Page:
Passenger transit operators located in South Africa’s rural areas face challenges quite different from their metropolitan counterparts. As such, a well-defined business approach is required to satisfy the diverse transport needs of the local populace.
By nature, country towns are hubs of business activity servicing remote villages. People living in these villages require reliable transport to and from the towns, in order to work, shop and socialise.
The Limpopo municipality of Lephalale (formerly Ellisras) is such a town. Despite its remote location, it is something of a boom town – with the “under-construction” Medupi Power Station located only a few kilometres away. Expanding mining operations in the region are also creating an ongoing demand for labour and related services, not least of which is public transport.
Lephalale’s Lowveld Bus Service was established in 1983 and has grown to become the top bus operation in the Waterberg region.
According to Frans Rossel, general manager of Lowveld Bus Service (and son of co-founder and current CEO/chairman, Louis Rossel): “Our operation is characterised by the diversity of both the business activity and the terrain in the area we service.
“Our contracts define our bus procurement policy. With each contract having unique requirements, our choice of bus to service these contracts is determined in a way that delivers optimum benefits for our clients, our passengers and the company.”
With a 51 percent empowerment shareholding, Lowveld Bus Service remains a family-managed business that prides itself on its mix of youth and experience, as well as its ability to adapt swiftly to dynamic market demands. The fleet now numbers 270 buses – almost 50 percent of which are MAN – carrying some 30 000 passengers a day.
“We run a mixed fleet because of our ‘horses for courses’ procurement approach. Ever since our introduction to MAN in the early 1990s, though, we have continually increased our MAN component, because of its unmatched product range.
“Our contracts are diverse and include workforce transport for Medupi contractors, mine labour and private-sector commuters. We also offer private hire to schools, churches and other social organisations,” explains Rossel.
“Our choice of buses reflects these diverse applications and ranges from commuter specification units to semi-luxury coaches. With lead distances of up to 160 kilometres and at least 30 percent of our routes being on gravel roads, our 45 new Volkswagen 17.210 buses from MAN are proving extremely successful in terms of reliability, fuel economy and ease of maintenance.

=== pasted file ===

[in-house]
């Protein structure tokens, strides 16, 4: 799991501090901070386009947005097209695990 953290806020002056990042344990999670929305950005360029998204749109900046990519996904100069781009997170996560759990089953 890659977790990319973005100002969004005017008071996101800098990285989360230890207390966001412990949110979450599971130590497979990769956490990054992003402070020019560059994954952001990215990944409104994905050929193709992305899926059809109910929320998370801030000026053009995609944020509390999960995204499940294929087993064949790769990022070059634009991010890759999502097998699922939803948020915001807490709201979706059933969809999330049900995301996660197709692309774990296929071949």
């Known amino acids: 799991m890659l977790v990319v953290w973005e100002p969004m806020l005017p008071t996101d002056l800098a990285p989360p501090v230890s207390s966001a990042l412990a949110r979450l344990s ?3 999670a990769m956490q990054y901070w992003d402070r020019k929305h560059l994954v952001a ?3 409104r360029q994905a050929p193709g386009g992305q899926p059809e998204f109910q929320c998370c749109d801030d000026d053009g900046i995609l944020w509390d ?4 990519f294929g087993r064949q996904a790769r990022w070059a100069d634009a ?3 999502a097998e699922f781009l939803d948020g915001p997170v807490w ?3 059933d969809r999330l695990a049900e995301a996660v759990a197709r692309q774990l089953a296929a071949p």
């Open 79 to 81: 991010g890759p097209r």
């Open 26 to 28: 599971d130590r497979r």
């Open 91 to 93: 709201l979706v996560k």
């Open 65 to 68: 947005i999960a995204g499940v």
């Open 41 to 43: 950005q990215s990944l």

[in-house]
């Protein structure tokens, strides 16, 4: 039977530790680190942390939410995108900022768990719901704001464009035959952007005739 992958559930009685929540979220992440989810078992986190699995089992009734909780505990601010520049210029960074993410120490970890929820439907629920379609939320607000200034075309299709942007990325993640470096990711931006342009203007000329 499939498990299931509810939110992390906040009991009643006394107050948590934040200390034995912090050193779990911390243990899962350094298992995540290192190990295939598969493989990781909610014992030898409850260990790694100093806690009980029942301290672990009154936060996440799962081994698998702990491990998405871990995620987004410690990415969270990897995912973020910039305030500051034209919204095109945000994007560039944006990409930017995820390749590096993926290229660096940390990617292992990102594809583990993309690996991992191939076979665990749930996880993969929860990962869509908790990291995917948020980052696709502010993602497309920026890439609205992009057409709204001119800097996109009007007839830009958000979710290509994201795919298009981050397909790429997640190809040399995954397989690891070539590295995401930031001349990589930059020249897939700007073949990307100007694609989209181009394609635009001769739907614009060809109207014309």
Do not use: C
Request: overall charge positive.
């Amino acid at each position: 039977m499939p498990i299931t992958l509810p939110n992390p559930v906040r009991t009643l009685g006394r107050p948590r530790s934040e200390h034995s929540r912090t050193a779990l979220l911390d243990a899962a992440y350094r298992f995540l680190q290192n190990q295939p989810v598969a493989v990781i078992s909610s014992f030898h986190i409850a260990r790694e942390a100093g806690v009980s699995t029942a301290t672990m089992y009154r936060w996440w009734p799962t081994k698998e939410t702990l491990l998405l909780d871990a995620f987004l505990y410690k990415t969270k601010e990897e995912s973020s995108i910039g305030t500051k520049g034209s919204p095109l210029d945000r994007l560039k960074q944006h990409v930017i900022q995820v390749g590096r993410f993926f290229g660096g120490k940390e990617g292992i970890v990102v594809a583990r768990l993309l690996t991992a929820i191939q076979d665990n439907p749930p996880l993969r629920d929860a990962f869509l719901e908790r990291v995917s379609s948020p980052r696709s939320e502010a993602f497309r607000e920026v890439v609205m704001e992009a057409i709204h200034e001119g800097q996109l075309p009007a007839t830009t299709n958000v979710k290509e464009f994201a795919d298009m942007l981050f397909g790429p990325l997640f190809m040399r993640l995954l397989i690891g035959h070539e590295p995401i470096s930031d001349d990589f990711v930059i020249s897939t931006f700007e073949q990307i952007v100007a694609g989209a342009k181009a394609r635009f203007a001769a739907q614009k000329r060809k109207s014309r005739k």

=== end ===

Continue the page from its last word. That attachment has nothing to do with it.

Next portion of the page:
“Our 40 MAN bus trains service our labour transport contracts perfectly, bringing economies of scale that no other bus supplier can offer,” he elaborates.
The MAN HB Lion’s Explorer range is well represented in the Lowveld Bus Service fleet, with 114, 80 and 65-seater configurations demonstrating the versatility of MAN’s Olifantsfontein bus bodybuilding plant.
Thys de Beer, technical manager at Lowveld Bus Service, states: “MAN offers a complete package, which makes the entire process of buying and maintaining a bus fleet easier and more cost-effective. Our technicians receive ongoing training from MAN and are equipped with all the necessary tooling and diagnostic equipment.
“Furthermore, our four MAN-accredited workshops are supported by our parts department, which is managed on a daily basis by MAN’s Hatfield dealership. This keeps our parts inventory at optimum levels and helps speed up our servicing turnaround times.”
As South Africa’s market-leading bus supplier, MAN values the relationship it has with entrepreneurial operations like Lowveld Bus Service.
“Our product portfolio is broad and application-specific,” says Philip Kalil-Zackey, head of bus sales, MAN Truck & Bus SA. “As a bus supplier in southern Africa, MAN has the ability to supply drivetrain and chassis platforms to suit unique passenger-transit operations and to customise bus bodies to perfectly complement MAN’s proven diesel technologies.
“MAN customers get exactly what they need to realise sustainable return on investment. Lowveld Bus Service is a perfect example of how MAN’s products and after-sales service capacity serve one-of-a-kind bus operations.”
Despite operational challenges, including difficulties in obtaining route permits, external labour unrest (20 Lowveld Bus Service buses were burnt during local community unrest in 2015) and its remote geographical location, the company is “in the right place at the right time”, says Rossel.
“We are a streamlined operation and, although we employ over 400 people, we carry no fat. We have the energy, experience and versatility to be agile in a highly dynamic and competitive environment in which passengers will demand enhanced transport services in the future.
“We keep our ears close to the ground and know what our customers want – reliability, safety and comfort, at the right price. Lowveld Bus Service is extremely price-sensitive and our relationship with MAN enables us to match customer needs with business imperatives. This win-win situation makes us think twice before looking at competitor models,” he concludes.
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